Northern Powergrid is trialling a new type of transformer that can dramatically reduce power losses, becoming the UK's first distribution network operator (DNO) to trial the equipment.
The transformers are manufactured by Leeds-based Wilson Power Solutions, which has already shipped over 1,000 AMTs to customers including retail giants Tesco, ASDA, Sainsbury's, Morrisons and IKEA, as well as NHS hospitals and university estates.
The low loss ground-mounted Amorphous transformers (AMTs) can reduce core losses by up to 90%, compared to the older ground-mounted distribution transformers they will replace.
Network losses account for approximately 1.5% of the UK's greenhouse gas emissions: this calculation assumes losses of 1.7% over the transmission network, followed by a further 5-8% lost over the various regional distribution networks.
For too long, losses have been seen as an unavoidable reality of network operation, but new technology means we can now tackle the problem head on
Aisha Ahmad, Northern Powergrid
Around 25% of these losses - and emissions - originate from transformers, according to a 2010 paper published in the Journal of Industrial Engineering and Management.
According to Northern Powergrid, replacing older transformers with the new AMTs across its full network could avoid annual losses of up to 2GWh.
Aisha Ahmad, smart grid development engineer at Northern Powergrid, said: "For too long, losses have been seen as an unavoidable reality of network operation, but new technology means we can now tackle the problem head on.
"Trials like this will help build our understanding of losses, support decarbonisation and make Northern Powergrid's network as efficient and reliable as possible."
The scheme forms part of the company's wider Losses Discretionary Reward programme, due to be submitted to Ofgem in March 2020.
The programme uses a mix of activities - including improving the company's understanding of network losses, engaging with stakeholders, and delivering real improvements - to reduce losses and carbon emissions.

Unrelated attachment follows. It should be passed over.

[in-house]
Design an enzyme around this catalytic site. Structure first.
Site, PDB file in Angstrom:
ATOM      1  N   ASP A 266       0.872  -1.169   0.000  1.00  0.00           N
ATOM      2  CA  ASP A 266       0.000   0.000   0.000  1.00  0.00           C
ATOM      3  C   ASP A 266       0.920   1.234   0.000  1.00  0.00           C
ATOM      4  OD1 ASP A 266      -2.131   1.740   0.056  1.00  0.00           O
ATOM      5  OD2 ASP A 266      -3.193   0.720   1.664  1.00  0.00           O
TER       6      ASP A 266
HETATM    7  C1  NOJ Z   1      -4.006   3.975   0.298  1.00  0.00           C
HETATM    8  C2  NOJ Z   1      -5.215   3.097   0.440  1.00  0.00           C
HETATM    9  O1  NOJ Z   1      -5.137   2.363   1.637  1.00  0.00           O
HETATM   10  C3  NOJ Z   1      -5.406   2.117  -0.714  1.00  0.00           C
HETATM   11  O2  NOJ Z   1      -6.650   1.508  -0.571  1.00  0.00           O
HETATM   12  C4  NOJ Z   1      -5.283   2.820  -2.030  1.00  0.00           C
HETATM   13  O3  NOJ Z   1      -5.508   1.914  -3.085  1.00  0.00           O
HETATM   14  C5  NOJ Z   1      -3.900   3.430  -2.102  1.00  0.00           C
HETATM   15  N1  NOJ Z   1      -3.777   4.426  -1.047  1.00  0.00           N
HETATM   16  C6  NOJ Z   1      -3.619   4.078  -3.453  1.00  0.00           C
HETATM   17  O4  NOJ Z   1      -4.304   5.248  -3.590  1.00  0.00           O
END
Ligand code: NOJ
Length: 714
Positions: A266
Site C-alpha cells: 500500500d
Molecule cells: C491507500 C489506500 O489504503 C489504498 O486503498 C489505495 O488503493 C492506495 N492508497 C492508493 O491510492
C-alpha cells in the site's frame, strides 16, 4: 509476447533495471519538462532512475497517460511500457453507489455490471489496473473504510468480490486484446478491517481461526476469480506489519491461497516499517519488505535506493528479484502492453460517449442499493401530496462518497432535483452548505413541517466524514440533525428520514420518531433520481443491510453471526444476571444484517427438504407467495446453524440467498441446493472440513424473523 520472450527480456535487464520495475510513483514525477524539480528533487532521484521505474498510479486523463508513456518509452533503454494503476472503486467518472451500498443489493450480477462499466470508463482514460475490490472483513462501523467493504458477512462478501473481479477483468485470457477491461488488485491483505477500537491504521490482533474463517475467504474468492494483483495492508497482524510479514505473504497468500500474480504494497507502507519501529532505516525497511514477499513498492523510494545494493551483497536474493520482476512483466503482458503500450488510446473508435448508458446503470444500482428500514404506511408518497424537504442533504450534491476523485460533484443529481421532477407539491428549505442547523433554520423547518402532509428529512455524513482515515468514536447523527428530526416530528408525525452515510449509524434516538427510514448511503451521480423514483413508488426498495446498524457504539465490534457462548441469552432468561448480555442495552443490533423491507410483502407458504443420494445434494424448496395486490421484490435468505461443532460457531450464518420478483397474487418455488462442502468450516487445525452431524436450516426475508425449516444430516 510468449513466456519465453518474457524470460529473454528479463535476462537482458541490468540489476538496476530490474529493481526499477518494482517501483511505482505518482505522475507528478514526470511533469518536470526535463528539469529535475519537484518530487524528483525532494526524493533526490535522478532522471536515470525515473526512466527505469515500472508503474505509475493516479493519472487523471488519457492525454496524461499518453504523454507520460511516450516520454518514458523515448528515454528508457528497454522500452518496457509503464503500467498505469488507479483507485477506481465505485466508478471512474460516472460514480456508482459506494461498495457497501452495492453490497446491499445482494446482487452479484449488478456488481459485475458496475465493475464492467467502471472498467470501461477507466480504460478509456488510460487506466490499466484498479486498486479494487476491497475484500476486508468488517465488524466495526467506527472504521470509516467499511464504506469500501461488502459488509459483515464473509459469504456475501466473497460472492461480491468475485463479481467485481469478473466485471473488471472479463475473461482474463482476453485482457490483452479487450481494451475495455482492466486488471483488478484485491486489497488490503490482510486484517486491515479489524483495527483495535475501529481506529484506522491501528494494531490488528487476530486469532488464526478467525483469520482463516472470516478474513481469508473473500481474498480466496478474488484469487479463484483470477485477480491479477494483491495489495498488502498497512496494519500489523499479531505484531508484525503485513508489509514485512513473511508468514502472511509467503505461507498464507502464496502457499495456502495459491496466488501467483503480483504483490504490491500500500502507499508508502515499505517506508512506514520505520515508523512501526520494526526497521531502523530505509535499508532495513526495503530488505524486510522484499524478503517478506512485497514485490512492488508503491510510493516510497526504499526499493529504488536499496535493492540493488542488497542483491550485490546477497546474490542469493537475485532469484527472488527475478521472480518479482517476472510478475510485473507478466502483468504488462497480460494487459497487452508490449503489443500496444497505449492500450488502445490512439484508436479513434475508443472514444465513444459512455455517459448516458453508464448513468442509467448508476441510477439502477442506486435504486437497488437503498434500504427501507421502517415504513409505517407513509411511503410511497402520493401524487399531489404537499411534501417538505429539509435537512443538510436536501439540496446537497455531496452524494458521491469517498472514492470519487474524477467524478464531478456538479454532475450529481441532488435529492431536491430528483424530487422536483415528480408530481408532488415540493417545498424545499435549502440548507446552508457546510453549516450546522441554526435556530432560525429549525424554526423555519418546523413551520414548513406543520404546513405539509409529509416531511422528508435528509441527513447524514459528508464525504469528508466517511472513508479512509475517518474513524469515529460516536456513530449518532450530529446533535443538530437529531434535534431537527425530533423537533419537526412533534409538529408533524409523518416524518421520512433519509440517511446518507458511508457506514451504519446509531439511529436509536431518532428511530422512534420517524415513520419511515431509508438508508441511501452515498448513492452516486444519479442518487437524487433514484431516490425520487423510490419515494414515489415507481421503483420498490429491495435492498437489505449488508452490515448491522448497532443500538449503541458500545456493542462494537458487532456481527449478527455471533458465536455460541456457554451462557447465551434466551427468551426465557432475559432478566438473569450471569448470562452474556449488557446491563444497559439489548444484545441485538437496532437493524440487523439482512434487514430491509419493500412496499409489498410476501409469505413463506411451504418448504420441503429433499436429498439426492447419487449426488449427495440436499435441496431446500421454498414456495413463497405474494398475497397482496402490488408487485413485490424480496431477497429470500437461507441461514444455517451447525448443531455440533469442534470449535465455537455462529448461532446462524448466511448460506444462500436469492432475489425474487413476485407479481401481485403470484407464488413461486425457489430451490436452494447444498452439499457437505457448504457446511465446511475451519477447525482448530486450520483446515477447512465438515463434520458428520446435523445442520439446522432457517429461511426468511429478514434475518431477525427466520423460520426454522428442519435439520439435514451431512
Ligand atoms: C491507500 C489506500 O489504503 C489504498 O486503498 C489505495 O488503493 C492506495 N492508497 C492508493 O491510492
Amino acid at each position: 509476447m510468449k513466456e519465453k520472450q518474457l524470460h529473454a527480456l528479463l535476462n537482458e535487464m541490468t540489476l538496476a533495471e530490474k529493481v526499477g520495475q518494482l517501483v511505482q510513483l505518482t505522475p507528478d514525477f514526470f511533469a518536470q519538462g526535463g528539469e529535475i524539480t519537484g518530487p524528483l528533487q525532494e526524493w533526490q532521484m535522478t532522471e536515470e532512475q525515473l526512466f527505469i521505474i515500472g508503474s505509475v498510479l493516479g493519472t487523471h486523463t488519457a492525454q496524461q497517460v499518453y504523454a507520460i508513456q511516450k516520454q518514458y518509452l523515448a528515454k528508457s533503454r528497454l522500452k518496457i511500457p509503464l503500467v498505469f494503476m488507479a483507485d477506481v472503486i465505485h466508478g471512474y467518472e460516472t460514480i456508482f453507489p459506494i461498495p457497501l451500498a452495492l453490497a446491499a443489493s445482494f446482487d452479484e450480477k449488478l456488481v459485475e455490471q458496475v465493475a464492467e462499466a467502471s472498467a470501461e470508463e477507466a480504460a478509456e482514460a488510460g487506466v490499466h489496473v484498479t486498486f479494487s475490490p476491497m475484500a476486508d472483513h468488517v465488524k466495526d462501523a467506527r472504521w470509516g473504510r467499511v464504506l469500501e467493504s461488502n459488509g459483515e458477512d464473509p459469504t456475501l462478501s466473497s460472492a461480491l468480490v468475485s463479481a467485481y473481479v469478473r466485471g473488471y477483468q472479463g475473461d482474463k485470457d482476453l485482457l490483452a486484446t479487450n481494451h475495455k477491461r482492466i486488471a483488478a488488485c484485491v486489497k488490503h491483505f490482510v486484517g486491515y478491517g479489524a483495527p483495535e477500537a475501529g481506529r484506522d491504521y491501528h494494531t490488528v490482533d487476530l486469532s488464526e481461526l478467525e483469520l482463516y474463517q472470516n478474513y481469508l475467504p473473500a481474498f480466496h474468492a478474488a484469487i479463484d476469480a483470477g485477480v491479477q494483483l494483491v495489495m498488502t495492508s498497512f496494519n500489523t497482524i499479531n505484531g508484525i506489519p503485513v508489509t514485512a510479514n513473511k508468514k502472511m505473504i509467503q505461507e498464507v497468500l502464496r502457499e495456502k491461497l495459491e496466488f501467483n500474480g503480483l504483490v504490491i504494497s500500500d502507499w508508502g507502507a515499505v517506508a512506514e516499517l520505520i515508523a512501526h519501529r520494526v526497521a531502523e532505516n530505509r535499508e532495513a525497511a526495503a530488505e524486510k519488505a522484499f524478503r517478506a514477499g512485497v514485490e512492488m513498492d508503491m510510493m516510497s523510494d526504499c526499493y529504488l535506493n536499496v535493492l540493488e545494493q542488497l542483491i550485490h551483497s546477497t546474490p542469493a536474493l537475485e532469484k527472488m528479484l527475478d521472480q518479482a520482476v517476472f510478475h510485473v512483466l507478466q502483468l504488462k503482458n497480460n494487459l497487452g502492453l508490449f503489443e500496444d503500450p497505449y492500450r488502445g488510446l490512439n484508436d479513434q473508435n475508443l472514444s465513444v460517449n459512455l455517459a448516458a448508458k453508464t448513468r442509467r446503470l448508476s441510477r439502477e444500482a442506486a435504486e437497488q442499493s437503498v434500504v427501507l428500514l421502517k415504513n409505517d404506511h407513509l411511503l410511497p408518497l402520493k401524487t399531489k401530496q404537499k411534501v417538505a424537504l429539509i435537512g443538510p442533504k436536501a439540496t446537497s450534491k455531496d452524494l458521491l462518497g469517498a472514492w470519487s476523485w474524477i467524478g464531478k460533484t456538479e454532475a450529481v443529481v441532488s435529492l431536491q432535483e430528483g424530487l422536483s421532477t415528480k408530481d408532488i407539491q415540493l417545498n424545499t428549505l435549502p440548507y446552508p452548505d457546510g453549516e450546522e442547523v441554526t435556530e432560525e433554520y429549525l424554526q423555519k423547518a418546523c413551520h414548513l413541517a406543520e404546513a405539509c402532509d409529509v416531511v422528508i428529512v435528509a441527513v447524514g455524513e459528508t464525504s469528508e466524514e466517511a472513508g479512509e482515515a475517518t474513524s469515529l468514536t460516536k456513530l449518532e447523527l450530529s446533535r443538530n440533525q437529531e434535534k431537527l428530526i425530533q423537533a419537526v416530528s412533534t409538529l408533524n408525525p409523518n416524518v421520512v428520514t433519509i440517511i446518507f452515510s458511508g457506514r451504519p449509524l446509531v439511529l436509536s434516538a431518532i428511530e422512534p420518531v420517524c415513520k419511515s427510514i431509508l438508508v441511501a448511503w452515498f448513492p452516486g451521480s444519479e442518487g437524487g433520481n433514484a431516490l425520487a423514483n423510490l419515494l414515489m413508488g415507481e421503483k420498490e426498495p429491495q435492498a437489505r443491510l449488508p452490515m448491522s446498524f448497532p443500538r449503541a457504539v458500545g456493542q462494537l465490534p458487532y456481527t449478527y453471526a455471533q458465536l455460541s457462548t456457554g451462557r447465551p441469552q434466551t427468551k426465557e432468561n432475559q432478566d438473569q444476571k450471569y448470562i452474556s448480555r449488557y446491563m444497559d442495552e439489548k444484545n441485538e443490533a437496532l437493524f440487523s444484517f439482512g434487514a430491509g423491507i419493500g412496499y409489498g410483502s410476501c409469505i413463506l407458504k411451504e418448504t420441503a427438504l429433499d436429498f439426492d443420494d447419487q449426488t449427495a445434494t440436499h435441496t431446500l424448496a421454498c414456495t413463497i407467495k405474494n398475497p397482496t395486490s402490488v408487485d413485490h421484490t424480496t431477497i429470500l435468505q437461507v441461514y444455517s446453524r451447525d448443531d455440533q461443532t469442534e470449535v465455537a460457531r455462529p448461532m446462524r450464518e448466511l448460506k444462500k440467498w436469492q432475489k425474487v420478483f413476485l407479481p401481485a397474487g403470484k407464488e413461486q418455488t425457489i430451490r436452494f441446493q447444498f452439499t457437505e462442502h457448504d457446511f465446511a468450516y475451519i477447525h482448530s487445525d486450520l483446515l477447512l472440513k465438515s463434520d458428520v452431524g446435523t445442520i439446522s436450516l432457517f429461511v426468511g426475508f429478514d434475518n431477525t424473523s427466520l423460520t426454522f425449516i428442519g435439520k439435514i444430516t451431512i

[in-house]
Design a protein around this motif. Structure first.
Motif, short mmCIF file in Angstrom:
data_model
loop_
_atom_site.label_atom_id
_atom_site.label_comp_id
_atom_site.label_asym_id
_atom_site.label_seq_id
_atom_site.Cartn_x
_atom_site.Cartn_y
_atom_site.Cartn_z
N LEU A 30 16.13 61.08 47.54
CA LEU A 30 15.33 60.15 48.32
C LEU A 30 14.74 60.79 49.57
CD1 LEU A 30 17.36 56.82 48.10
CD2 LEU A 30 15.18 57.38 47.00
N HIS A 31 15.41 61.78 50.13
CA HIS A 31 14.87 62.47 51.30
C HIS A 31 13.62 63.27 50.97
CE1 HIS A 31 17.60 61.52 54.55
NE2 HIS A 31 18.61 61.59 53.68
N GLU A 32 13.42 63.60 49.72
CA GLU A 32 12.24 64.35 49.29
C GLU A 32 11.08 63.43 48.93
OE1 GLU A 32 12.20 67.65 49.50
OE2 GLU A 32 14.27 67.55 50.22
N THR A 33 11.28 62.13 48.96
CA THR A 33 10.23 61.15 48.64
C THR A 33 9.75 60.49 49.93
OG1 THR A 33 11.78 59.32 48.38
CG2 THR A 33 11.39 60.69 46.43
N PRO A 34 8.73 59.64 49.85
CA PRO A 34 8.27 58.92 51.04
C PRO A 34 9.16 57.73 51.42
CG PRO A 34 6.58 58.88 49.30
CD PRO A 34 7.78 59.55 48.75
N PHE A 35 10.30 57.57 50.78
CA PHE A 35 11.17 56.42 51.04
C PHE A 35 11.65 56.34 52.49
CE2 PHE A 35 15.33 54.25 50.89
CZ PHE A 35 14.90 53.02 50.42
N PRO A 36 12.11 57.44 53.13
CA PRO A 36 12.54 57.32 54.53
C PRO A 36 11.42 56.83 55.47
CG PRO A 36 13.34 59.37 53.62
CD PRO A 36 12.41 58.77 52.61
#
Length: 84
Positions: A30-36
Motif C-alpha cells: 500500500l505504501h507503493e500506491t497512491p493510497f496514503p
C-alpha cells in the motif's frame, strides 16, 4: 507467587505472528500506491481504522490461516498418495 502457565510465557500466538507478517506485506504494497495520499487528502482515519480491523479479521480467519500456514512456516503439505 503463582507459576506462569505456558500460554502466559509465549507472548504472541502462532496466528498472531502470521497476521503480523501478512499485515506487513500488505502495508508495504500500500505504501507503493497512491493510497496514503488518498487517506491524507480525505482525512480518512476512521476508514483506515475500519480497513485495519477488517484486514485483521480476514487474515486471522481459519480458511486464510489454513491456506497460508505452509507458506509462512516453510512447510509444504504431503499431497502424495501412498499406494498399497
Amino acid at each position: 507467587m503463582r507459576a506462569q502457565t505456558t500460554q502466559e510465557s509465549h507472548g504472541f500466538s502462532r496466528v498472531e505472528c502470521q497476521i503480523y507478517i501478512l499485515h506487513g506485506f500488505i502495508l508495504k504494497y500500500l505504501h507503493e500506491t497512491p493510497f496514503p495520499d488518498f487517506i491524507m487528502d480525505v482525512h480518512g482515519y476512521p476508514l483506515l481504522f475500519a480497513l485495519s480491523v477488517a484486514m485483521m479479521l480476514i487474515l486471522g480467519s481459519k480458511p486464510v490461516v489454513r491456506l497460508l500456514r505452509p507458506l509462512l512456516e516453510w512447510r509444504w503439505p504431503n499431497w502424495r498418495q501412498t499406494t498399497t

Over the next 12 months, Northern Powergrid will monitor the performance of five AMTs, using noise testing, thermal imaging and power quality testing.
These are being installed at five sites in Jarrow, Consett and Bishop Auckland, with an additional two sites in Hull.
The outcomes will be shared as a UK case study for DNOs together with commercial and industrial users.Learnings from the trial will inform the DNO on whether to include the technology in future transformers' specifications, as well as providing insight on how best to install the AMTs from an operational perspective.
A transformer's core losses (also known as a no-load losses), are caused by hysteresis and eddy current losses.
These effects are present from the moment of energising the transformer, as a result of the alternating magnetic field applied to its core.
Because of the amorphous metal core of AMTs, which has low loss properties, power losses are significantly reduced.
Wilson Power Solutions, a pioneer in low loss AMTs, manufactured the e2 Super Low Loss AMTs.
Ayah Alfawaris, marketing manager at Wilson Power Solutions, said: "We have over 1,000 installations of the Super Low Loss transformers across the UK. They save customers significant amounts of energy and tons of carbon dioxide.
"Northern Powergrid is the first DNO to install Super Low Loss ground-mounted AMTs. This project acts as a steppingstone to showcase how forward-thinking and investing in the right technology could reduce costs for the customer and ultimately help the UK reach its Net Zero target."
Freedom Group, now part of NG Bailey, will be install the AMTs under its framework contract with the DNO, with the roll out due to be completed in the first quarter of 2020.